New Imaging ‘Tracer’ Shows Progression of Brain Inflammation
News Nov 17, 2014
Technology may offer tool for monitoring Alzheimer’s disease development and progression
Scientists report they have developed a new radioactive “tracer” to observe inflammation-related changes in the brain. They used the tool to monitor changes in Alzheimer’s disease model mice, suggesting it might one day be useful in diagnosing and monitoring the disease. This research was presented at Neuroscience 2014, the annual meeting of the Society for Neuroscience and the world’s largest source of emerging news about brain science and health.
When brain cells become inflamed — as they do in patients with Alzheimer’s disease — immune cells called microglia increase the expression of a protein, known as TSPO. The researchers developed a “tracer” molecule called [18F] - GE180 that binds to TSPO and can be imaged with positron emission tomography (PET) technology.
In this new study, scientists injected the TSPO tracer into the bloodstream of mice and then performed a PET scan for each animal. They found that the tracer showed much more activity in the brains of Alzheimer’s-like mice than in the brains of non-diseased mice, specifically in the cortex and hippocampus, brain regions deeply involved with memory. This suggests that the new TSPO tracer may one day be a useful tool for following progression of this disease and others affected by neuroinflammation .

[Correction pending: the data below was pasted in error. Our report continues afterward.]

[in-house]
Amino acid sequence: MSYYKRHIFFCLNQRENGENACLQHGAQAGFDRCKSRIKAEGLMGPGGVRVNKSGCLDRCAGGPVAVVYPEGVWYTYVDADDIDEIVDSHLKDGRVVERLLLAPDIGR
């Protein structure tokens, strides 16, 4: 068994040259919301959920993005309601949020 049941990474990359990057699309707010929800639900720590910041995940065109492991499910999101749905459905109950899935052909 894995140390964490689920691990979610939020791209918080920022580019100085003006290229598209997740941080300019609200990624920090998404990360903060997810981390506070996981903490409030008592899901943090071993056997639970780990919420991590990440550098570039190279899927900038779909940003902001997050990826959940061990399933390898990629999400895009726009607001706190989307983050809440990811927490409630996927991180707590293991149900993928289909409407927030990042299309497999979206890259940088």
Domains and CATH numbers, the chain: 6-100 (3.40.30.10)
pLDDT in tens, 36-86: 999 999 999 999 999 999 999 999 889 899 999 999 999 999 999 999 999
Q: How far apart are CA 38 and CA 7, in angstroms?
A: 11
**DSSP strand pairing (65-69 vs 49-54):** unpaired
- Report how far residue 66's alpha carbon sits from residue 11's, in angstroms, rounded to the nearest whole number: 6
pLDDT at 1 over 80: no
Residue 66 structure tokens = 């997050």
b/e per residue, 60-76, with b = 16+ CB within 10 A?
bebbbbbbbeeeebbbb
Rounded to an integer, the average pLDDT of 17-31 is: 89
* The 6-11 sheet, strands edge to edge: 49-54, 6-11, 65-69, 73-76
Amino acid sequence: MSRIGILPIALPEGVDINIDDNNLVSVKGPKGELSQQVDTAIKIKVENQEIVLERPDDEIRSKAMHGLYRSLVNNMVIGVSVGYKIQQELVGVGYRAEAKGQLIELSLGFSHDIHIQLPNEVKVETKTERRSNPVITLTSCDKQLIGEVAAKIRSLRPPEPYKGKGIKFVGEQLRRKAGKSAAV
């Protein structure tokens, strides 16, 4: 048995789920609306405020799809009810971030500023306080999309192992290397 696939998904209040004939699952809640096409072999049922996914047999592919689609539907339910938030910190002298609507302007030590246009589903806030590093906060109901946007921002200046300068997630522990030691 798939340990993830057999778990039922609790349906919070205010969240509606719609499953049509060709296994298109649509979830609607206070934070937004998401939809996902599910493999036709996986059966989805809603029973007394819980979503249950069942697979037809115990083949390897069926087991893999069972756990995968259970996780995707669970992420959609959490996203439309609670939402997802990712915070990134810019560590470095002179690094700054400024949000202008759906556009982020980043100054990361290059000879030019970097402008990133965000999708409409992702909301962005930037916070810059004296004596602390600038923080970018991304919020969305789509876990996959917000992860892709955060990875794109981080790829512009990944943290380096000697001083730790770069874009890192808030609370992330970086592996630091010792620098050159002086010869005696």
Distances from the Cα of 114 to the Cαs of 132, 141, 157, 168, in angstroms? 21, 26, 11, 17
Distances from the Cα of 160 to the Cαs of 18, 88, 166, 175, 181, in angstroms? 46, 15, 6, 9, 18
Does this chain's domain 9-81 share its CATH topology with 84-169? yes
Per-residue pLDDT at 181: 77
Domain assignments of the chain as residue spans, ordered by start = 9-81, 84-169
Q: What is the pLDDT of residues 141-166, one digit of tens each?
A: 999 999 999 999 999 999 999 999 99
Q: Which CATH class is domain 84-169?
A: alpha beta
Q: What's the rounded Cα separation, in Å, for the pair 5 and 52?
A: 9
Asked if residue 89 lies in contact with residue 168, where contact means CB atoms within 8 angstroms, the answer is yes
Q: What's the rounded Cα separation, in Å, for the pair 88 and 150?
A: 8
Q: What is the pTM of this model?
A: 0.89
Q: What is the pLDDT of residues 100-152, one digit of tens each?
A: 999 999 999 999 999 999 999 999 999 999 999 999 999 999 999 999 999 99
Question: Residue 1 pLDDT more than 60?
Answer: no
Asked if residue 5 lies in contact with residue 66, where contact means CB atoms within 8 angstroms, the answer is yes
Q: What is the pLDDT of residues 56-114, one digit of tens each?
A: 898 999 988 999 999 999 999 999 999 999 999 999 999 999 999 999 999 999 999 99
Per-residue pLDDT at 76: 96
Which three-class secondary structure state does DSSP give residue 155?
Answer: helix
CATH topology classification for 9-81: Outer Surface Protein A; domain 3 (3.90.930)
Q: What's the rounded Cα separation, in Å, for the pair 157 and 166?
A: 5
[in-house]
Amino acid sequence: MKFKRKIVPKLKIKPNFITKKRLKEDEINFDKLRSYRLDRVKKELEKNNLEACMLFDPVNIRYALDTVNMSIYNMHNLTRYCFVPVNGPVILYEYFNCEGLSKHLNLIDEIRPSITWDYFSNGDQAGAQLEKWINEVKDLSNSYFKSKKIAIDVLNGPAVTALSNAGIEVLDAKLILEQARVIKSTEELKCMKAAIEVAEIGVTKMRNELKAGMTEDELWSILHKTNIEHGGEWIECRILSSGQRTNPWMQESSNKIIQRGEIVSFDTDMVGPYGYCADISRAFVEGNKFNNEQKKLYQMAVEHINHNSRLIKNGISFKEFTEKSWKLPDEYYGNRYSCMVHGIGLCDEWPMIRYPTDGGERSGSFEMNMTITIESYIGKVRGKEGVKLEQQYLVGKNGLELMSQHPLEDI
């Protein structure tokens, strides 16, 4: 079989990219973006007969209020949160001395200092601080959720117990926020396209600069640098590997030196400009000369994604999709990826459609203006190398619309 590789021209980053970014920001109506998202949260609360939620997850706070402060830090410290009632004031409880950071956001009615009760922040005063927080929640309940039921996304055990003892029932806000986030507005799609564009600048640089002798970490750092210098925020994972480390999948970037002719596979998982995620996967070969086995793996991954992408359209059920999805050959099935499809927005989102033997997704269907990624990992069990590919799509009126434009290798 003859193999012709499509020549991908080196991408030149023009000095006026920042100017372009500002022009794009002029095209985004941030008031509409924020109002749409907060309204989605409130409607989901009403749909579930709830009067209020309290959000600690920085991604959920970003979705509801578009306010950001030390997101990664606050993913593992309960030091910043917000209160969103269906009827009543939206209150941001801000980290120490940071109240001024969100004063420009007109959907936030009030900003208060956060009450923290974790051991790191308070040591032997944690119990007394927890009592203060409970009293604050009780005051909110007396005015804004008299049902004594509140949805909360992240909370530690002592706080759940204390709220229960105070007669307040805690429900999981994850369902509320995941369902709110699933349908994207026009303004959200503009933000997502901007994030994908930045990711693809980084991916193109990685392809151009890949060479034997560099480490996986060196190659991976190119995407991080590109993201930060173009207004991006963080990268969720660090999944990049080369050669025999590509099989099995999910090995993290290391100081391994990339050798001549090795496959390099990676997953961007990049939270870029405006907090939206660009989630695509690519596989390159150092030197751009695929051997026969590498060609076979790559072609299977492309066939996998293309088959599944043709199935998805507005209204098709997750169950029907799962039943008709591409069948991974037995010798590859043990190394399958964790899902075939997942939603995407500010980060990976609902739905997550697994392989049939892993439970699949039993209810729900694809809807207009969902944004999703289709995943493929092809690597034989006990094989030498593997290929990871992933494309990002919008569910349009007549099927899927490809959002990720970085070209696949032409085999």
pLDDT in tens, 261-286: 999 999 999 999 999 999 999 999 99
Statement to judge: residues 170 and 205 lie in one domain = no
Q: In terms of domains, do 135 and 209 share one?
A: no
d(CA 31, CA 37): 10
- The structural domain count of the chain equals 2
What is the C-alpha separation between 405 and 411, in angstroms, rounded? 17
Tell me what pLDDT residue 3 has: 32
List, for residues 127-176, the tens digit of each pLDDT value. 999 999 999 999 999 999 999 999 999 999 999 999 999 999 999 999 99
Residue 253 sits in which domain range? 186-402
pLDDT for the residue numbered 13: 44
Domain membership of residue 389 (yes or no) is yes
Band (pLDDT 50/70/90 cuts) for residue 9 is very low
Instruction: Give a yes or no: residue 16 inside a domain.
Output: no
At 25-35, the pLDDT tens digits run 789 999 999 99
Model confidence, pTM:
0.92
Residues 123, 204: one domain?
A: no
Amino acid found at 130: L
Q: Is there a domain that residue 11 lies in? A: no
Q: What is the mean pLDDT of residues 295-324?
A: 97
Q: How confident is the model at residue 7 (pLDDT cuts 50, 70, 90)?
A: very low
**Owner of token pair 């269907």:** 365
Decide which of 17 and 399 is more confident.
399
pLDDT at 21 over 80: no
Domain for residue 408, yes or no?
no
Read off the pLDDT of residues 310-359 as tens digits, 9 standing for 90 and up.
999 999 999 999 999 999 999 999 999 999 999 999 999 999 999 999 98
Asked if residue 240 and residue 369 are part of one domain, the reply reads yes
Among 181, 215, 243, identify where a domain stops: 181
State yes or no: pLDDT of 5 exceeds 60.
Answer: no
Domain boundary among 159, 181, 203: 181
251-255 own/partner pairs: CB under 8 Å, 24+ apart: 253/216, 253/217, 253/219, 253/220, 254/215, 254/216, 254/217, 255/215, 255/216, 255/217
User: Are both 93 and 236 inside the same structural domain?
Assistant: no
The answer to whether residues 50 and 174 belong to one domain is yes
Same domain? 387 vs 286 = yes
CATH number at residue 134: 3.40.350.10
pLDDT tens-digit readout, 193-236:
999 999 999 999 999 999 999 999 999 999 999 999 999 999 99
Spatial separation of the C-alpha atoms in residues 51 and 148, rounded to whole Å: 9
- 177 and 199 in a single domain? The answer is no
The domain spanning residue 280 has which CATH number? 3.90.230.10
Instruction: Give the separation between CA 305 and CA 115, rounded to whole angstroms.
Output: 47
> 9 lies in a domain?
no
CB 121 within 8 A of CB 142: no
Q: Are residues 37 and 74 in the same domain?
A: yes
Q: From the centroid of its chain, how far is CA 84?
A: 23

“One of the advantages of this new tracer is that it has high uptake and very specific binding in the brain,” said senior author Cynthia Lemere, PhD, of Brigham and Women’s Hospital and Harvard Medical School in Boston. “That makes it particularly helpful, for it means we’re actually observing the tracer’s signals during the PET scan and not signals from other molecules unrelated to inflammation.”
Note: Material may have been edited for length and content. For further information, please contact the cited source.
Already affecting more than five million Americans older than 65, Alzheimer’s disease is on the rise. In a study published today in the journal BRAIN, neuroscientists used data from the human brain connectome – a publicly available “wiring diagram” of the human brain based on data from thousands of healthy human volunteers – to reassess the findings from neuroimaging studies of patients with Alzheimer’s disease.READ MORE